You Are the Biggest Hurdle

You Are the Biggest Hurdle

You Are the Biggest Hurdle

As the hundreds of articles on Success Story reveal, each of us defines success differently. For some, career advancement is success. For others, relational well-being is success. And for many, success is more about what others think about us than what we think about ourselves.

That’s not to say that success can only be attained in one particular sphere of your life. Though we may tend to feel more successful when one part of our lives is going well, we may also feel successful when life seems content and balanced.

But our lives, on the whole, are so seldom content and balanced.

When life gets hard and stressful, we can rail against our circumstances. Drawing on more than 20 years of research and experience as a therapist, consultant and personal development coach, I’ve heard thousands of clients hide behind their circumstances. Instead of facing the reality of the situation (and consequently what they can do to better their circumstances), they (like me, at times) struggle with life’s unfairness.

In other words, they are most often the biggest hurdle to their own success, however they may define it.

Placing the Hurdle

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Set Smart Goals in Life

This hurdle even has a name: Story. More often than not, it’s the stories we tell ourselves that prevent us from attaining what we could have otherwise achieved. Let’s consider a quick example. Though the specific context may be different from your life, you should be able to perceive parallels in your own relationships—and I purposefully use the word “relationships” because so much of our feelings of success have relationships at their core.

Imagine that Harold has worked for the same company for a decade. He’s moved up in the ranks a few times, but never as quickly as he’d like, and the raises always seem, well, insubstantial for what he believes he truly brings to the table.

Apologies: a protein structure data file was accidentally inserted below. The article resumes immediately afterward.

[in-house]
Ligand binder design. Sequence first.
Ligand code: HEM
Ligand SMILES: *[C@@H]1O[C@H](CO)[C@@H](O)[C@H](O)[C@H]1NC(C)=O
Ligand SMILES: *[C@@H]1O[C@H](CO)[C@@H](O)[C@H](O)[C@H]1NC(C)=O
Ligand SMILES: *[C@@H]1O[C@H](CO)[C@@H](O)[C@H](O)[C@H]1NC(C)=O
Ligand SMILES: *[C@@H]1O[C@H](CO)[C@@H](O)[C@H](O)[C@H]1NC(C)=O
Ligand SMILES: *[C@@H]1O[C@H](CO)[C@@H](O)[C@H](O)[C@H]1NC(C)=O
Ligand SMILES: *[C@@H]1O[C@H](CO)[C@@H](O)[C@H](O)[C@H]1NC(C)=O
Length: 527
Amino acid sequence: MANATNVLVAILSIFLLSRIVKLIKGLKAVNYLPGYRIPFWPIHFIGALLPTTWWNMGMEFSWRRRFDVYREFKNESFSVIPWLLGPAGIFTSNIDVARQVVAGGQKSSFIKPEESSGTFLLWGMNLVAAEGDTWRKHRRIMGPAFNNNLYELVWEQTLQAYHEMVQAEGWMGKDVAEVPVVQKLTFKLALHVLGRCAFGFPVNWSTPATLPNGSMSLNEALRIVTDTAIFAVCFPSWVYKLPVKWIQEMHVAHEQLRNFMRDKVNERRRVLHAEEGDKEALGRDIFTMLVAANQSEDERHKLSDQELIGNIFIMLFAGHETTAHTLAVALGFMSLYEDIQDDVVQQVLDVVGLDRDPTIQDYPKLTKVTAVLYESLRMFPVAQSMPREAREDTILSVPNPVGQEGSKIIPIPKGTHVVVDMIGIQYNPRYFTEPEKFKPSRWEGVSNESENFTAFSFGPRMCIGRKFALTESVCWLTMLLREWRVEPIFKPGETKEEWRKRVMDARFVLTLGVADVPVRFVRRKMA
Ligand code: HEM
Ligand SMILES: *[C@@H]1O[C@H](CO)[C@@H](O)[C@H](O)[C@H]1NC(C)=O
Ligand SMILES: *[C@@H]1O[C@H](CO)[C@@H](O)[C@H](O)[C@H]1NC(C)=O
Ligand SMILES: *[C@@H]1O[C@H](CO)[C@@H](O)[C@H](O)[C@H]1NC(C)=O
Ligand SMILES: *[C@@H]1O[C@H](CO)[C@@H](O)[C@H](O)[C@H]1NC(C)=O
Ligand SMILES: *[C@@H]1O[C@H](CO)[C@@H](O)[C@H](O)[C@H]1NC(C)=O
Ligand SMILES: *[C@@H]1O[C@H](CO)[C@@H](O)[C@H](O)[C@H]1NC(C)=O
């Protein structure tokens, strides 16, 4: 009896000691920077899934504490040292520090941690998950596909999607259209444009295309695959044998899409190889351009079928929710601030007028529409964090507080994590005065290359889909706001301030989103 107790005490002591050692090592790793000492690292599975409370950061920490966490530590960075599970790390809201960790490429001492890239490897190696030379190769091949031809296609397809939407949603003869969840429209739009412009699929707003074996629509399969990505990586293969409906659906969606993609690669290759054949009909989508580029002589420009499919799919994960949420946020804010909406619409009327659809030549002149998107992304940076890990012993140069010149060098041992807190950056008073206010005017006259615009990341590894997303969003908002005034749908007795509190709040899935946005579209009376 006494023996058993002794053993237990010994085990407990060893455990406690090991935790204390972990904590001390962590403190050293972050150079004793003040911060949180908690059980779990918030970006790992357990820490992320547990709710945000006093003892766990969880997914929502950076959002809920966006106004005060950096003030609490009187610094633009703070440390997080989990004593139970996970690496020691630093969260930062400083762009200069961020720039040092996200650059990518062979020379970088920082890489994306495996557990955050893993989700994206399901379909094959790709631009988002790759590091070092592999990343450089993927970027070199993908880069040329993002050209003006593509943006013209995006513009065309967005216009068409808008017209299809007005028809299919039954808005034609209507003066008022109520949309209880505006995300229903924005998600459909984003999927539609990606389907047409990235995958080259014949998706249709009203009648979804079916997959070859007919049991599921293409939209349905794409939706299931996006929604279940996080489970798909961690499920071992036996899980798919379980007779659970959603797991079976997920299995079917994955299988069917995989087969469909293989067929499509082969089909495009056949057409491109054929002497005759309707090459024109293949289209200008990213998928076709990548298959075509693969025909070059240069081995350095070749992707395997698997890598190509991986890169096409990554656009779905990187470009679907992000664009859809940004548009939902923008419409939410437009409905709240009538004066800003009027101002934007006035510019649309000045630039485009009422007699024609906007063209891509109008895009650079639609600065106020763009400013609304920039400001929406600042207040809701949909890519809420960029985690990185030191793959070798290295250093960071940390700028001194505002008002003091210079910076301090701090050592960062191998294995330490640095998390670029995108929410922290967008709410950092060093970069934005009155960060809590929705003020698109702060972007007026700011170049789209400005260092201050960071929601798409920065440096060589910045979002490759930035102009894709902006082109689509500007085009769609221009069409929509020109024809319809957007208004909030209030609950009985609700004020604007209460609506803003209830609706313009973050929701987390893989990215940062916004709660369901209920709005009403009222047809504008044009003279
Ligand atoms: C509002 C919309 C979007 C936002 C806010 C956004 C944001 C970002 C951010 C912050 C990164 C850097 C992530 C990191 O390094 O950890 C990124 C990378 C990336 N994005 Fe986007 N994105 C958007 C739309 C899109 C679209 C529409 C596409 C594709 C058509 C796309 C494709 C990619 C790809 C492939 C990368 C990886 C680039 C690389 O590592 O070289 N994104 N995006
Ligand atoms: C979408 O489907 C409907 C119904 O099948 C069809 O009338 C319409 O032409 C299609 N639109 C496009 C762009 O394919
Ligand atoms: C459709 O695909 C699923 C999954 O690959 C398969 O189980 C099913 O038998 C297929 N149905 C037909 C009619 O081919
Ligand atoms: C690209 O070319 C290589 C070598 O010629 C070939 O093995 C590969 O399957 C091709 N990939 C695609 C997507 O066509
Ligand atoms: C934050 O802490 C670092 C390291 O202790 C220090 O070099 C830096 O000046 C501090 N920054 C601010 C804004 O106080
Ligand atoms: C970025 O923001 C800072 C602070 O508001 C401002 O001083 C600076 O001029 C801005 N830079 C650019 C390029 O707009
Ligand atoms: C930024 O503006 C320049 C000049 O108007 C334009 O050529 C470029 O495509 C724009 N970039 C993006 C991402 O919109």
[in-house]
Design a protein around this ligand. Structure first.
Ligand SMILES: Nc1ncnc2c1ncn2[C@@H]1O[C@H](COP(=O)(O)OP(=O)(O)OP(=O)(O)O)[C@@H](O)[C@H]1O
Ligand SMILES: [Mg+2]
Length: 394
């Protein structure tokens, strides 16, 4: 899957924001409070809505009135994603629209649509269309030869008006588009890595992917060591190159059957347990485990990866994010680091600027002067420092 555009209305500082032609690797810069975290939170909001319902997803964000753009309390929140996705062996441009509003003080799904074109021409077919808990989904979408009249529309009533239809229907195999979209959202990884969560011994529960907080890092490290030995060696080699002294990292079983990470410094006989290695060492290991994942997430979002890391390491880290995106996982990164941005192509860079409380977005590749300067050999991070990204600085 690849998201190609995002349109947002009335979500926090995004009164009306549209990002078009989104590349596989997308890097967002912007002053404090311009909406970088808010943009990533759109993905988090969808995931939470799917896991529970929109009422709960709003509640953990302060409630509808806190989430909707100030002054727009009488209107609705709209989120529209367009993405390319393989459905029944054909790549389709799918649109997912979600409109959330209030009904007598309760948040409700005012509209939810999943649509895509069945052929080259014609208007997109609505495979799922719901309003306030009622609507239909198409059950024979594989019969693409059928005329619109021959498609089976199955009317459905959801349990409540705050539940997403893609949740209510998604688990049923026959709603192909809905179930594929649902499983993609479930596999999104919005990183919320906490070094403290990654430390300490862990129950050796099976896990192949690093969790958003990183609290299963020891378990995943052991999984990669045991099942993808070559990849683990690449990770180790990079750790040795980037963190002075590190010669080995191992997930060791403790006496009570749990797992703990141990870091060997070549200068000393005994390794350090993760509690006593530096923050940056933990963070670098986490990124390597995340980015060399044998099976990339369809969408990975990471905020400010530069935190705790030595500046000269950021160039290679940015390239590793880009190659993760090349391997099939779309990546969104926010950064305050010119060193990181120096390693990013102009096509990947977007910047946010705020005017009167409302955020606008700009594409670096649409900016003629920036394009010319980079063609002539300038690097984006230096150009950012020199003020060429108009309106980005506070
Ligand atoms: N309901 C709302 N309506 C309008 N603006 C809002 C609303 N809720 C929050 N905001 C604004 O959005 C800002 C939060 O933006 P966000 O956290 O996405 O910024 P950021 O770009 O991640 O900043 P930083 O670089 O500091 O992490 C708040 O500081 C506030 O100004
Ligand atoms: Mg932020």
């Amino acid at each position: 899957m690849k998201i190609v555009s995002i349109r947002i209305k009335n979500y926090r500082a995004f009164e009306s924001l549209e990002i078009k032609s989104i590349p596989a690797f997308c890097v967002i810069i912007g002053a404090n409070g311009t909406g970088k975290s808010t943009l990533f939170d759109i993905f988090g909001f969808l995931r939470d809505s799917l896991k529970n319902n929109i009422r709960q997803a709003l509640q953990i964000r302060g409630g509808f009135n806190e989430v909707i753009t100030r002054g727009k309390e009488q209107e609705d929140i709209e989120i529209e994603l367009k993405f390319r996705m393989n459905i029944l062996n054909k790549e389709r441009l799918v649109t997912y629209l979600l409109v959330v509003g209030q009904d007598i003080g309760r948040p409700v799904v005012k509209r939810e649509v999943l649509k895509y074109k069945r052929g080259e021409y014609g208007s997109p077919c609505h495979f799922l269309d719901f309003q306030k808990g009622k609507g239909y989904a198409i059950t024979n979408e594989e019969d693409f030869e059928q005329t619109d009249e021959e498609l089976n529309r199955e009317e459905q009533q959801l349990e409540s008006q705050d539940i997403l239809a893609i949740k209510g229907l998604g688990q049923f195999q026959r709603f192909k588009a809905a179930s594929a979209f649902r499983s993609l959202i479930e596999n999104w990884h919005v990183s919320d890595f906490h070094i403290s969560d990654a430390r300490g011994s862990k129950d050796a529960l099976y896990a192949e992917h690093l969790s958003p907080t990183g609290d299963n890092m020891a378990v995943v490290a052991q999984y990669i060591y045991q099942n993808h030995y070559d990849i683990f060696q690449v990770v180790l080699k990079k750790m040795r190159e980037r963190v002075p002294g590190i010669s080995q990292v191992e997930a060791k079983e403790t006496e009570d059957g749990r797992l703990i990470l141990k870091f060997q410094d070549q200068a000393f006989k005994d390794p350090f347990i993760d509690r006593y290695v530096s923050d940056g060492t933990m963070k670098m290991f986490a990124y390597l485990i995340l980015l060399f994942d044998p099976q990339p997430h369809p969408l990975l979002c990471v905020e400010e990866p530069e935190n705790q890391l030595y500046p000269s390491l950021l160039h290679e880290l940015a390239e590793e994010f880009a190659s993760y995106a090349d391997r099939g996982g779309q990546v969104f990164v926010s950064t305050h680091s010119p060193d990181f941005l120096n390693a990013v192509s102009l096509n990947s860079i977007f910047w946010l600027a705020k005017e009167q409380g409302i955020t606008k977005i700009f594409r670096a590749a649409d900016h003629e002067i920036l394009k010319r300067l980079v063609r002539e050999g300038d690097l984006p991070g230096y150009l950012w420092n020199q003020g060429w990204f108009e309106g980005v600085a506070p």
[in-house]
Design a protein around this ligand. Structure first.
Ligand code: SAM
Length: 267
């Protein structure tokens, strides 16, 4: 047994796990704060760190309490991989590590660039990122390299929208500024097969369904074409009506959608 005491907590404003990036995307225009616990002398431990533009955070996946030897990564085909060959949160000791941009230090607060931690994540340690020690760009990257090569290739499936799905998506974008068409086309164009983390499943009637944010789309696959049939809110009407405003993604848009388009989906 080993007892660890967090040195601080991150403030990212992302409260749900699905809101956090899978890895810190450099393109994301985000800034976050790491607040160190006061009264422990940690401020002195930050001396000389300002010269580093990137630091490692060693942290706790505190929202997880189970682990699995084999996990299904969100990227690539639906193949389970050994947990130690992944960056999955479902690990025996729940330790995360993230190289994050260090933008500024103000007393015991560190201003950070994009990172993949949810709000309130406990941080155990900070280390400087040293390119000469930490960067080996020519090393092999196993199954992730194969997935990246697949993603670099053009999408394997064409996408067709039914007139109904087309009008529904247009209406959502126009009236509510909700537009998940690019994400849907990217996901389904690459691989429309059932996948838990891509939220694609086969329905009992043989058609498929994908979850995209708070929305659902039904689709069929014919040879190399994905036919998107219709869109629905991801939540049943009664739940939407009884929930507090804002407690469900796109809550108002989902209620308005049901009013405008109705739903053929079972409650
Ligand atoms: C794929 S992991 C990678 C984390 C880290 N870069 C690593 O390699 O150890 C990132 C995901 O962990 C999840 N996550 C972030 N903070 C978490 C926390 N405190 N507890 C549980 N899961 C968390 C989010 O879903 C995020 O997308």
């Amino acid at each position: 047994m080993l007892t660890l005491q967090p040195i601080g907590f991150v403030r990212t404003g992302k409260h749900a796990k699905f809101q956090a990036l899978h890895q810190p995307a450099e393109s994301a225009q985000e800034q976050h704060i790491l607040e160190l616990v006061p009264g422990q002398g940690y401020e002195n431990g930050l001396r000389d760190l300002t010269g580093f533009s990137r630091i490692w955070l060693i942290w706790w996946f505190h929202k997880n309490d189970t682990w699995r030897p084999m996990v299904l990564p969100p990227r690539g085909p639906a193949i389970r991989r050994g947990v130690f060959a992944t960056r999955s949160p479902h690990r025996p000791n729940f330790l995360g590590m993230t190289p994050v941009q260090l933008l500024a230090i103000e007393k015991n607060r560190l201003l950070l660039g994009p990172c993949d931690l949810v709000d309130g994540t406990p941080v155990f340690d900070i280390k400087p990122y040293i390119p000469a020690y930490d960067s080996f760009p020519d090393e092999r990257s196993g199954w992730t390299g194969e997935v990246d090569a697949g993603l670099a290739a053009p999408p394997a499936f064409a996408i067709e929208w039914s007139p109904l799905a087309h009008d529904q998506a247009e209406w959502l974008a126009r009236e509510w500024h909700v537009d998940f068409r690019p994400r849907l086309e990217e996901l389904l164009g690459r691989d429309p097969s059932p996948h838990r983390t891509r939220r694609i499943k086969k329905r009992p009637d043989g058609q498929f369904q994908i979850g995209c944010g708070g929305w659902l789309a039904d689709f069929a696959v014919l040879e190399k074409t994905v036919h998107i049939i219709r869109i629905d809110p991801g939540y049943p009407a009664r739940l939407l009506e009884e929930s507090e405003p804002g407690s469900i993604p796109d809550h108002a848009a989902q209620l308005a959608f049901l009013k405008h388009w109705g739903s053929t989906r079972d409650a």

On a Friday afternoon, Harold’s manager sends him a curt email: My office. 5pm. Today.

Before Harold can rationally consider what that email may actually mean, he thinks a dozen negative thoughts: What did I do this time? Why at five? Why right before the weekend? Isn’t that when people typically get canned? Why would they fire me? I’ve worked weekends for who knows how long, and this is how they want to send me out?

His mind keeps churning until it’s all but a foregone conclusion that he’ll be job-hunting on Monday.

Harold glances at his watch: 2:13 p.m. He looks at the email again, places his head on his desk and thinks, Who will even want to hire me?

Tripping Before the Finish

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Fear of Success

Now, this illustration may be a bit exaggerated, but I’m willing to bet you could envision yourself or someone you know personally, in a similar situation. Due to a variety of factors like one’s family of origin, past pain, and future hopes, we all write negative stories about ourselves from time to time. We’re especially prone to do this when we receive scant or vague information (like a four-word email from a boss on a Friday). But it’s these negative stories we tell ourselves that ultimately cause us to trip just before crossing the finish line.

If you know yourself well, you know what your stories are, and you likely know that the same internal story keeps tripping you up again and again. For Harold, he’s insecure at work. Otherwise, he may have thought, Maybe the boss just needs to check in with me about the Murphy account. He wouldn’t have reached such a far-fetched conclusion from so little information.

Now, when he goes in to meet with his boss, Harold’s dejected and fearful. Even though his boss may only want to talk to him about the Murphy account, his boss may also take notice of Harold’s lack of motivation for his job, which could lead to dire consequences for Harold not too far down the road.

In other words, Harold’s made-up story would be the hurdle he couldn’t get past.

Leaping the Hurdle

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Build Self Confidence

You control the remote for your stories. At any time, you can press pause on the stories you’re telling yourself. After pausing these stories, you then have control over the intentionality of your relationships. You can initiate an information-seeking, non-judgmental conversation with another person so that you’re not filling in the blanks of your paused story.

To leap the hurdle you may keep involuntarily placing before yourself, pause your negative stories.

While it’s OK to be optimistic about possibilities that may lie before you, I suggest a more pragmatic approach. If you’re working with scant information, gather more. If you’re assuming that a person will react a certain way based on your past history with them, you may be right, but you should still grant them the same kind of openness and respect that you hope they would grant you in a similar circumstance.

When you start telling yourself a different story, you may not only leap your hurdles—you may even leap tall buildings.